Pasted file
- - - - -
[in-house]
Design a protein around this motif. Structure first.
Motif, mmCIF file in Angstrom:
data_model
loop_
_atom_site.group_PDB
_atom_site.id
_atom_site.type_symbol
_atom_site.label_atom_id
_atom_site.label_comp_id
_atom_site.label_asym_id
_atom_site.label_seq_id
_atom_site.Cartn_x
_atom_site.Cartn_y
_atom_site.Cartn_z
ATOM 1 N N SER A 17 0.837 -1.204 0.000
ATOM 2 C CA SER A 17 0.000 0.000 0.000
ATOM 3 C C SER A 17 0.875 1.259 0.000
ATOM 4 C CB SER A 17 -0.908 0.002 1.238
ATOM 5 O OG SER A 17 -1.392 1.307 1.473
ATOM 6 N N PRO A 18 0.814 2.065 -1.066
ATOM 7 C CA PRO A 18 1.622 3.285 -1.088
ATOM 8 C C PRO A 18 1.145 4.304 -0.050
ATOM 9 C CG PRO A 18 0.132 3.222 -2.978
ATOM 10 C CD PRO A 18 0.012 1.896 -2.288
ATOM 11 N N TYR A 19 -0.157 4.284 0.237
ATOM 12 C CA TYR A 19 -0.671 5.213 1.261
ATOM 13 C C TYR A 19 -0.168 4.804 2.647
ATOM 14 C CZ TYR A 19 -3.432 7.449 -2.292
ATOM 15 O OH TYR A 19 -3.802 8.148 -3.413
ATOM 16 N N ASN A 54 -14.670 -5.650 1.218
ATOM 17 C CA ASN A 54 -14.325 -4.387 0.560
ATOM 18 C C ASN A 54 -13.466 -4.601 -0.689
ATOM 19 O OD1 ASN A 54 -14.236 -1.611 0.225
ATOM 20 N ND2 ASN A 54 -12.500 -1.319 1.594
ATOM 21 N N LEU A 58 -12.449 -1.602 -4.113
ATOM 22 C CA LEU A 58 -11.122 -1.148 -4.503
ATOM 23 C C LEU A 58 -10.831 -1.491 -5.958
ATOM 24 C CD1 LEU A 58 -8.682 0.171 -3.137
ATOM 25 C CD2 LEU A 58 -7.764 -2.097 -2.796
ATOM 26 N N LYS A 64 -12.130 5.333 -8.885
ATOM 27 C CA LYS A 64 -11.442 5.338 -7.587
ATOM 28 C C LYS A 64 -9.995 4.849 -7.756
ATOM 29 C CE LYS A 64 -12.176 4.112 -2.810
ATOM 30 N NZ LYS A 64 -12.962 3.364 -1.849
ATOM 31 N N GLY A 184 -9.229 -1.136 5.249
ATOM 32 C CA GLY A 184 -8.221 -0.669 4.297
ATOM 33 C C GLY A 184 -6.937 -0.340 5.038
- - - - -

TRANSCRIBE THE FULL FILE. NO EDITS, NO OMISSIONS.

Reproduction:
[in-house]
Design a protein around this motif. Structure first.
Motif, mmCIF file in Angstrom:
data_model
loop_
_atom_site.group_PDB
_atom_site.id
_atom_site.type_symbol
_atom_site.label_atom_id
_atom_site.label_comp_id
_atom_site.label_asym_id
_atom_site.label_seq_id
_atom_site.Cartn_x
_atom_site.Cartn_y
_atom_site.Cartn_z
ATOM 1 N N SER A 17 0.837 -1.204 0.000
ATOM 2 C CA SER A 17 0.000 0.000 0.000
ATOM 3 C C SER A 17 0.875 1.259 0.000
ATOM 4 C CB SER A 17 -0.908 0.002 1.238
ATOM 5 O OG SER A 17 -1.392 1.307 1.473
ATOM 6 N N PRO A 18 0.814 2.065 -1.066
ATOM 7 C CA PRO A 18 1.622 3.285 -1.088
ATOM 8 C C PRO A 18 1.145 4.304 -0.050
ATOM 9 C CG PRO A 18 0.132 3.222 -2.978
ATOM 10 C CD PRO A 18 0.012 1.896 -2.288
ATOM 11 N N TYR A 19 -0.157 4.284 0.237
ATOM 12 C CA TYR A 19 -0.671 5.213 1.261
ATOM 13 C C TYR A 19 -0.168 4.804 2.647
ATOM 14 C CZ TYR A 19 -3.432 7.449 -2.292
ATOM 15 O OH TYR A 19 -3.802 8.148 -3.413
ATOM 16 N N ASN A 54 -14.670 -5.650 1.218
ATOM 17 C CA ASN A 54 -14.325 -4.387 0.560
ATOM 18 C C ASN A 54 -13.466 -4.601 -0.689
ATOM 19 O OD1 ASN A 54 -14.236 -1.611 0.225
ATOM 20 N ND2 ASN A 54 -12.500 -1.319 1.594
ATOM 21 N N LEU A 58 -12.449 -1.602 -4.113
ATOM 22 C CA LEU A 58 -11.122 -1.148 -4.503
ATOM 23 C C LEU A 58 -10.831 -1.491 -5.958
ATOM 24 C CD1 LEU A 58 -8.682 0.171 -3.137
ATOM 25 C CD2 LEU A 58 -7.764 -2.097 -2.796
ATOM 26 N N LYS A 64 -12.130 5.333 -8.885
ATOM 27 C CA LYS A 64 -11.442 5.338 -7.587
ATOM 28 C C LYS A 64 -9.995 4.849 -7.756
ATOM 29 C CE LYS A 64 -12.176 4.112 -2.810
ATOM 30 N NZ LYS A 64 -12.962 3.364 -1.849
ATOM 31 N N GLY A 184 -9.229 -1.136 5.249
ATOM 32 C CA GLY A 184 -8.221 -0.669 4.297
ATOM 33 C C GLY A 184 -6.937 -0.340 5.038